DeSmog

Barclays to Sell Fracking Company, Says Decision Does Not Change Stance on Shale Gas

picture-25876-1571179299.jpg
on

Campaigners are celebrating Barclays’ announcement that it will sell its stake in fracking company Third Energy “in due course”. But the company said its overall stance on fracking has not changed.

Until recently, a Barclays subsidiary owned 97 percent stake of the small Yorkshire company, which has a license to frack just south of the North York Moors national park. Its stake is currently about 78 percent, according to a report by consultancy Profundo.

At the bank’s annual general meeting last week, its chairman John McFarlane confirmed Barclays’ plans to ultimately sell the subsidiary that owns the Third Energy stake. Environmental campaign group People and Planet said this would be a “huge victory”.

Barclays has been targeted by campaigners for backing fracking companies and continuing to invest in fossil fuel projects, such as the Dakota Access Pipeline and Cerrejón coal mine in Colombia.

Hannah Smith co-director of research and campaigns at People and Planet told DeSmog UK that Third Energy, like other fracking companies including Cuadrilla in Lancashire, have “not become a profitable investment” due to local opposition, which delays companies’ progress.

“It looks like [Third Energy] are struggling to turn a profit, which shows this is a campaign local communities are winning,” she said.

Steve Mason of local campaign group Frack Free Ryedale said in a press release: “Clearly fracking is a bad investment environmentally, socially and financially.”

He continued: “Where is the long term future of this industry? Why would you put money into an industry that is increasingly rejected by communities and could get banned at anytime?”

A spokesperson for Barclays, however, told DeSmog UK that the chairman’s comments did not mean the bank has changed its stance on fracking.

They said Barclays would sell the subsidiary that owns part of Third Energy because the investment was not part of the bank’s “core business strategy”, and was not “a business priority”. There was no timeframe for the sale, they said.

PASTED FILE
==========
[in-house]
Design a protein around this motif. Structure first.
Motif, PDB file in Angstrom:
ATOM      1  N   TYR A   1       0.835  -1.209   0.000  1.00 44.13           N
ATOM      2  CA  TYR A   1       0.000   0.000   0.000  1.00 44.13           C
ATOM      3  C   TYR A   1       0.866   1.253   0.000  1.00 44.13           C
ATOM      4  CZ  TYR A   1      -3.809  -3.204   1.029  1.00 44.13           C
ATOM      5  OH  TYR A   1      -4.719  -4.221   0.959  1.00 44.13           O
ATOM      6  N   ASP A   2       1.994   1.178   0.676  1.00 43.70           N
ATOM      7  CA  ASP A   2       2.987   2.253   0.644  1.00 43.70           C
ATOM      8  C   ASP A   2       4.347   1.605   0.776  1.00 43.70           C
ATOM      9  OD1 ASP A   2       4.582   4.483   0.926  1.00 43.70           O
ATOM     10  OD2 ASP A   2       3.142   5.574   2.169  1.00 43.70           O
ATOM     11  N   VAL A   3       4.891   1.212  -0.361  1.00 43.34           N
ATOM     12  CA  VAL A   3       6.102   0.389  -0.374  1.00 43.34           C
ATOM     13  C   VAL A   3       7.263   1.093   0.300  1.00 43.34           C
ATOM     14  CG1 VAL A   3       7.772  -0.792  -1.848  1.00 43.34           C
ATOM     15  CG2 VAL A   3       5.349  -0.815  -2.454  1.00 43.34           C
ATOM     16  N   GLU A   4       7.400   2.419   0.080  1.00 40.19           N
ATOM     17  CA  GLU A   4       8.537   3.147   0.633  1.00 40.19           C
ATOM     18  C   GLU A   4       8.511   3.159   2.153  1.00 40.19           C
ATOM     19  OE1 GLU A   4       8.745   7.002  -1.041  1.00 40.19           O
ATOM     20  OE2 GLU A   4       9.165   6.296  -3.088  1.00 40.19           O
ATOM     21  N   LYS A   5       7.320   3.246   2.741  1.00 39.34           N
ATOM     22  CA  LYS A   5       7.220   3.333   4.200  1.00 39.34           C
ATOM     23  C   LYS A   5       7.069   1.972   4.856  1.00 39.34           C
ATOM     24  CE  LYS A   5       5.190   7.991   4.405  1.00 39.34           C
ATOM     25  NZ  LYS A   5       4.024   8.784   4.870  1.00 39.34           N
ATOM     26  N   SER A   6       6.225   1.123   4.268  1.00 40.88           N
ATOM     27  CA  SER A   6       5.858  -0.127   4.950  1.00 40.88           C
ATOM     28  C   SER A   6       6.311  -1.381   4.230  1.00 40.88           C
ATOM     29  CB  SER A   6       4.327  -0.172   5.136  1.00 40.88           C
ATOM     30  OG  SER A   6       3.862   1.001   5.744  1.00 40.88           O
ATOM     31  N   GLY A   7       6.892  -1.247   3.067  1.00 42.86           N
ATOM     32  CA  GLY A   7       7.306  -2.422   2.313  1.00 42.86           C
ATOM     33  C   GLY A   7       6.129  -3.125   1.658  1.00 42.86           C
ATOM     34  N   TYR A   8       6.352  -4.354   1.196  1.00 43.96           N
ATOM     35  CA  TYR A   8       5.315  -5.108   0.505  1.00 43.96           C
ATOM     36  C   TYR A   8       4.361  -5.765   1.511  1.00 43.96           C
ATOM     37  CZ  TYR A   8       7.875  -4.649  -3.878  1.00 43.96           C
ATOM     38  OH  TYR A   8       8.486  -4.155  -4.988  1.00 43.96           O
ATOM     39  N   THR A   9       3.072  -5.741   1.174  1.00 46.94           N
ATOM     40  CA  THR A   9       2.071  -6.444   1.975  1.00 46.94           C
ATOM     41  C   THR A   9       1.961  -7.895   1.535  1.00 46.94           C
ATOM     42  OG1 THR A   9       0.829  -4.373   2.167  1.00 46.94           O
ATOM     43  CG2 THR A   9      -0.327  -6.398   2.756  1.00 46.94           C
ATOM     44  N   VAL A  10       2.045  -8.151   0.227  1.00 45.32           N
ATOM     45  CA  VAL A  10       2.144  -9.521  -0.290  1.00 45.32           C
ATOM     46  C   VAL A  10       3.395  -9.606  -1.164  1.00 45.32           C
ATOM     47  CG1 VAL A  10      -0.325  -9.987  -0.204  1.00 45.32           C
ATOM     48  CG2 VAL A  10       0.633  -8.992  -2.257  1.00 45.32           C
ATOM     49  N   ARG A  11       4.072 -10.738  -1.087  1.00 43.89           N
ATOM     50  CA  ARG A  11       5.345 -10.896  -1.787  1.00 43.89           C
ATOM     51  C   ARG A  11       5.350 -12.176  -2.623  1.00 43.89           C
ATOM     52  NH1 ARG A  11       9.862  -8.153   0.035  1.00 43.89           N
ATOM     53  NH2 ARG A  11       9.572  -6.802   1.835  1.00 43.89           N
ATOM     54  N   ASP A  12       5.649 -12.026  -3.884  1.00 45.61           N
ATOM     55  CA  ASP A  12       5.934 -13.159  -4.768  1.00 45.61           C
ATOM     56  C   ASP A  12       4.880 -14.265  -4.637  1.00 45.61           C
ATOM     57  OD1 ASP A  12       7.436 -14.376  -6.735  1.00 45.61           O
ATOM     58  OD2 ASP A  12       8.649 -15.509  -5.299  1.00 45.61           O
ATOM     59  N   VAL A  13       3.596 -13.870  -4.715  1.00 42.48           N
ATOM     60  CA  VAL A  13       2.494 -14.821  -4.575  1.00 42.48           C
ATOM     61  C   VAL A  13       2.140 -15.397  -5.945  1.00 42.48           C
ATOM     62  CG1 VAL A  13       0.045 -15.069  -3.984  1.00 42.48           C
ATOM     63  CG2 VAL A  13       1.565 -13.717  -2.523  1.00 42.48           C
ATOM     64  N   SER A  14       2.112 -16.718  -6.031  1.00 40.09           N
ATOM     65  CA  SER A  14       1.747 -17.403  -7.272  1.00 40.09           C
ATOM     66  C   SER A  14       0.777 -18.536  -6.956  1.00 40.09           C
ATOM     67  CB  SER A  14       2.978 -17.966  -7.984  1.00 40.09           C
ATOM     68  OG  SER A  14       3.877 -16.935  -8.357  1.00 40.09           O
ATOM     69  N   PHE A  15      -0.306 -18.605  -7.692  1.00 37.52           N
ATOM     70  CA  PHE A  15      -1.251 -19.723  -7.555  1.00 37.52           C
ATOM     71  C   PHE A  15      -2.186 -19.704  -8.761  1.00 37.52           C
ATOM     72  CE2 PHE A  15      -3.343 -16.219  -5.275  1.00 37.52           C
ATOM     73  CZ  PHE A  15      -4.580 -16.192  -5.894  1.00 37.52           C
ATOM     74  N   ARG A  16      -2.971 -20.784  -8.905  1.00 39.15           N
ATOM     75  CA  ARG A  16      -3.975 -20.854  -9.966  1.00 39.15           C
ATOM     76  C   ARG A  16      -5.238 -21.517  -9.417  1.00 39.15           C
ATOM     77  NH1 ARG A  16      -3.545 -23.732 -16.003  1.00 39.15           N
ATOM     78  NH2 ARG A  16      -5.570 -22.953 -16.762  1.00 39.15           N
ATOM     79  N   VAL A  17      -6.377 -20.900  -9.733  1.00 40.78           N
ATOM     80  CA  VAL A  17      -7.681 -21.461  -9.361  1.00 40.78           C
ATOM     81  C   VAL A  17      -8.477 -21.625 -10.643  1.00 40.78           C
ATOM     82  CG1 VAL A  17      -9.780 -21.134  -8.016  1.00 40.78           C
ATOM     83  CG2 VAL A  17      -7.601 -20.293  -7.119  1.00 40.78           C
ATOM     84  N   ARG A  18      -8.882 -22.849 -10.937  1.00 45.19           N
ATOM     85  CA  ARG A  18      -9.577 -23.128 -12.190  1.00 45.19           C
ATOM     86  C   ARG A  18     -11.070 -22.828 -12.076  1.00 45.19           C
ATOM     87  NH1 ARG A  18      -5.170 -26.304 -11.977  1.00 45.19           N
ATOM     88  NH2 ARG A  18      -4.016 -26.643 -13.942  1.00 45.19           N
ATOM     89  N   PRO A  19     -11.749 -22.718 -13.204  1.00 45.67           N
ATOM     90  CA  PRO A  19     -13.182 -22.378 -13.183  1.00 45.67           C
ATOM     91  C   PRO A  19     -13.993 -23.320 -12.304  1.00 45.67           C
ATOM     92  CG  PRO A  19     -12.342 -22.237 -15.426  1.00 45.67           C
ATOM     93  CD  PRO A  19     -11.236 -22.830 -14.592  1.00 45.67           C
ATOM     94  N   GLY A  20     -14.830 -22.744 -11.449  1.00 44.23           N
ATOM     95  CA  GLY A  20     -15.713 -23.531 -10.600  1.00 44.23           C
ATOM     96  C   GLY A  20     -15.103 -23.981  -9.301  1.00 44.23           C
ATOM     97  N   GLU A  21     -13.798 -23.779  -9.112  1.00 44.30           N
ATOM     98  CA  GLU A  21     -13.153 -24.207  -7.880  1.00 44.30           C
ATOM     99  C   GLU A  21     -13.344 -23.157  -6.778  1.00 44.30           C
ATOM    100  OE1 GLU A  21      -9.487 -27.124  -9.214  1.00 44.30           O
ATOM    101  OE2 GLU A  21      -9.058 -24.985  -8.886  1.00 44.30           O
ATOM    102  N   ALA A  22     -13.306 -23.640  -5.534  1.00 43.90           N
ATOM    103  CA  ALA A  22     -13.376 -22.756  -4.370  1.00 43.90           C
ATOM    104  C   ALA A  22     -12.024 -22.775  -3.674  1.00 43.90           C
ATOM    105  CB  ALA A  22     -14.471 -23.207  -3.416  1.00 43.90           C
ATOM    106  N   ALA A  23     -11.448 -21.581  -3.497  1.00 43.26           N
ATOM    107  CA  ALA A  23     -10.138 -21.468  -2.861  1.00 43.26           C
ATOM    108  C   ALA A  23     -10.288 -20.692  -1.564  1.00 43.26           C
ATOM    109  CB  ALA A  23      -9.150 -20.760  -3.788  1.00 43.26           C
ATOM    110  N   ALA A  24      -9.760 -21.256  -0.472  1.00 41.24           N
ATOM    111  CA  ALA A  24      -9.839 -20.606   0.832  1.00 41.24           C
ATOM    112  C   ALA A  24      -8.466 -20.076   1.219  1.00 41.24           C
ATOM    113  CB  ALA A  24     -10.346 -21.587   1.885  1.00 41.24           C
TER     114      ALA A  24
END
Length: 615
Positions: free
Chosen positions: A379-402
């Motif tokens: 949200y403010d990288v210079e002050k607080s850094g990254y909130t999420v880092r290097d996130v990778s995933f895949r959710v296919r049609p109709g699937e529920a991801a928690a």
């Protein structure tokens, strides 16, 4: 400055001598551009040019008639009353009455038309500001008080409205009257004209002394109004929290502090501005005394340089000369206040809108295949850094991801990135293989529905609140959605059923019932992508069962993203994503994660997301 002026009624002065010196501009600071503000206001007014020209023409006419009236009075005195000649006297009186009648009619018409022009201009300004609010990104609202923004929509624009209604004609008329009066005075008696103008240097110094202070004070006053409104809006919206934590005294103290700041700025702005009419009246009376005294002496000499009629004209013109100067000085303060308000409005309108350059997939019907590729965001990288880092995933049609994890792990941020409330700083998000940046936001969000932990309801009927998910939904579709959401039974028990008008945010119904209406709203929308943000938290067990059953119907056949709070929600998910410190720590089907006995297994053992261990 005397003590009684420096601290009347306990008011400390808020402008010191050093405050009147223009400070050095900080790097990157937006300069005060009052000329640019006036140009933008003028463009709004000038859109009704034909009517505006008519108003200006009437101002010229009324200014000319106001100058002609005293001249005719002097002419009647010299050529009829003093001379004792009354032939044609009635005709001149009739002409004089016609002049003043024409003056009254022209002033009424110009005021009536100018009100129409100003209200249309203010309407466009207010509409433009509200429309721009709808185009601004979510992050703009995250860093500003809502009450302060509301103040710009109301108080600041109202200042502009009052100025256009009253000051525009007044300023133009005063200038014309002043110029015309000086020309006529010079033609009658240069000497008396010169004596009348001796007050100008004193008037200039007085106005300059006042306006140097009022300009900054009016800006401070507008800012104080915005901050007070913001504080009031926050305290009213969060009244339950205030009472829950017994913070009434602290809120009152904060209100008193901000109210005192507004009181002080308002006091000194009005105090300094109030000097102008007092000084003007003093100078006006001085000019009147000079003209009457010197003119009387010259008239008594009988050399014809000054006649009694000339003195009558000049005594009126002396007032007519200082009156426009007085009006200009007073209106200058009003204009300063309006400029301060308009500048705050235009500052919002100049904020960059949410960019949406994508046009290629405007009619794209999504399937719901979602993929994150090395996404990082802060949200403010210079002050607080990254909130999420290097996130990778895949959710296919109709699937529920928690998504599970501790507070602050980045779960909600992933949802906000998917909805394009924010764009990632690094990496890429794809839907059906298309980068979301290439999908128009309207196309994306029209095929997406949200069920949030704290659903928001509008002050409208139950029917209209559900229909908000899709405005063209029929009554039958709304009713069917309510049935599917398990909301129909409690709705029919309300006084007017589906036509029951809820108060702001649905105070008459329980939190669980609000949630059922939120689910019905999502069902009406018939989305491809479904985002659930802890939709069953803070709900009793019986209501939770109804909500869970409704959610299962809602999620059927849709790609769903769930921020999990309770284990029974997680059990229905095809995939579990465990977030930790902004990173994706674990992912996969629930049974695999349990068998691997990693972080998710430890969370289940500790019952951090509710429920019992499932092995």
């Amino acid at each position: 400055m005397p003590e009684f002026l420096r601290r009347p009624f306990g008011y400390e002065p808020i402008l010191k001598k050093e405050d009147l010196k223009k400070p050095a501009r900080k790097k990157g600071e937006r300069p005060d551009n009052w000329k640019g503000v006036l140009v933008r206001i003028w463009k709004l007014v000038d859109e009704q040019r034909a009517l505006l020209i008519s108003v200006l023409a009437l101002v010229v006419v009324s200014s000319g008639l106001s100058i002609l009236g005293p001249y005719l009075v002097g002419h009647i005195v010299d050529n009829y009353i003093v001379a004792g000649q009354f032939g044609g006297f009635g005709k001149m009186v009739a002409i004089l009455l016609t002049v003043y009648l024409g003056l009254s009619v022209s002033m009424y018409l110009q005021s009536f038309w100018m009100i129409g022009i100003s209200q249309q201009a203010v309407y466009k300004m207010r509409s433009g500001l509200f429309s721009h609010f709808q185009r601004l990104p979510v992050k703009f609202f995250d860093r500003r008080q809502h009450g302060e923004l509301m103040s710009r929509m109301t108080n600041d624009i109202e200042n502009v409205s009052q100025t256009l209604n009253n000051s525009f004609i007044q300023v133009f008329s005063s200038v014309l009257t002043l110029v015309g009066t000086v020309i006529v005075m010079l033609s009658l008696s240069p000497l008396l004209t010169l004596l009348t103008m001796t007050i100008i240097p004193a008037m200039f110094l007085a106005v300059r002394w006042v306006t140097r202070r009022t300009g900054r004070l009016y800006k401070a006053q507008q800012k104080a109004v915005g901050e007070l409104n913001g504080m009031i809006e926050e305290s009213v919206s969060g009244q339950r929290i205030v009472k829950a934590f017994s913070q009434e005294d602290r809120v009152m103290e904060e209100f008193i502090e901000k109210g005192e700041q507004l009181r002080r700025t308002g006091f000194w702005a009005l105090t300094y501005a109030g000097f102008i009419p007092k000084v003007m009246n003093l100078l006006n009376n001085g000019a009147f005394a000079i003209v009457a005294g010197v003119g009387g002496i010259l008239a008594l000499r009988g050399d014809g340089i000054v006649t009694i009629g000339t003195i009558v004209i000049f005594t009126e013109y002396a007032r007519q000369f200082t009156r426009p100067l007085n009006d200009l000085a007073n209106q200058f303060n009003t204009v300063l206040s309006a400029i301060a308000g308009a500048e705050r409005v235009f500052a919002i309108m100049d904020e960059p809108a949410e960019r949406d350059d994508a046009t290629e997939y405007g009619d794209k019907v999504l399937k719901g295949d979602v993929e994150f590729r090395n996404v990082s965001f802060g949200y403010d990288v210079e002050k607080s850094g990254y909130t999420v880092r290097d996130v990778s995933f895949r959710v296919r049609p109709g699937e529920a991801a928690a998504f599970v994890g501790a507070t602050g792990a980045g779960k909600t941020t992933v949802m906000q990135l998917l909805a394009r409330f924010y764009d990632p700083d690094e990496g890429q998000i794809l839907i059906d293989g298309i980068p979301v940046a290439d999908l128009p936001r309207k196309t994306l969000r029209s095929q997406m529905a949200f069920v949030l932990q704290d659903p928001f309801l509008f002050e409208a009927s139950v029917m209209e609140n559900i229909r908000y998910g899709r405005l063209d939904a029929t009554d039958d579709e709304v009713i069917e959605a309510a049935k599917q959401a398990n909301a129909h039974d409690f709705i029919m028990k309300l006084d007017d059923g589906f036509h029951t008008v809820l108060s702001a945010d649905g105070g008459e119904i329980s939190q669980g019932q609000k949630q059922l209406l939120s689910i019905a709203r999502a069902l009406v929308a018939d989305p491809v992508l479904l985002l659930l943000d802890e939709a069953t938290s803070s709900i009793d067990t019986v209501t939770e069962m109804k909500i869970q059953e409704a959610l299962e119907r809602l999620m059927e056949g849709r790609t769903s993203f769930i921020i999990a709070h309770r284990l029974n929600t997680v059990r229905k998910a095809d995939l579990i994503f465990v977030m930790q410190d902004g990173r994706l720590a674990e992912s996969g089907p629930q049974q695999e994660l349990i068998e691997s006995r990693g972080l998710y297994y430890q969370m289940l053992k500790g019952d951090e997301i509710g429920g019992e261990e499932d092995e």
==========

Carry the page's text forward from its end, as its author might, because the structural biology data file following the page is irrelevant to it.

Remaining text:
Updated 15/05/2017: The percentage ownership of Third Energy by Barclays was updated. The third and final paragraphs were also updated for clarity.

Get Weekly News Updates


Main image credit: Gideon Banari via Flickr CC BY 2.0
picture-25876-1571179299.jpg
Mat was DeSmog's Special Projects and Investigations Editor, and Operations Director of DeSmog UK Ltd. He was DeSmog UK’s Editor from October 2017 to March 2021, having previously been an editor at Nature Climate Change and analyst at Carbon Brief.

Related Posts

Les responsables de campagne critiquent des programmes volontaires « fortement défectueux », tandis que l’analyse de DeSmog révèle l'absence de représentation de la société civile ou des communautés locales affectées par les dommages causés par l’industrie des farines et huiles de poisson.

Les responsables de campagne critiquent des programmes volontaires « fortement défectueux », tandis que l’analyse de DeSmog révèle l'absence de représentation de la société civile ou des communautés locales affectées par les dommages causés par l’industrie des farines et huiles de poisson.
on

Brazilian meat giant JBS invested just 0.03 percent of annual revenues into climate measures, researchers found.

Brazilian meat giant JBS invested just 0.03 percent of annual revenues into climate measures, researchers found.
on

Fossil fuel interests are deploying unprecedented strategies to hide evidence of companies’ deception and block liability lawsuits before they reach trial.

Fossil fuel interests are deploying unprecedented strategies to hide evidence of companies’ deception and block liability lawsuits before they reach trial.
on

Federal lawsuit alleges EPA’s rules on ethylene oxide and chloroprene emissions rely on weak industry estimates rather than real-world data on risks to health.

Federal lawsuit alleges EPA’s rules on ethylene oxide and chloroprene emissions rely on weak industry estimates rather than real-world data on risks to health.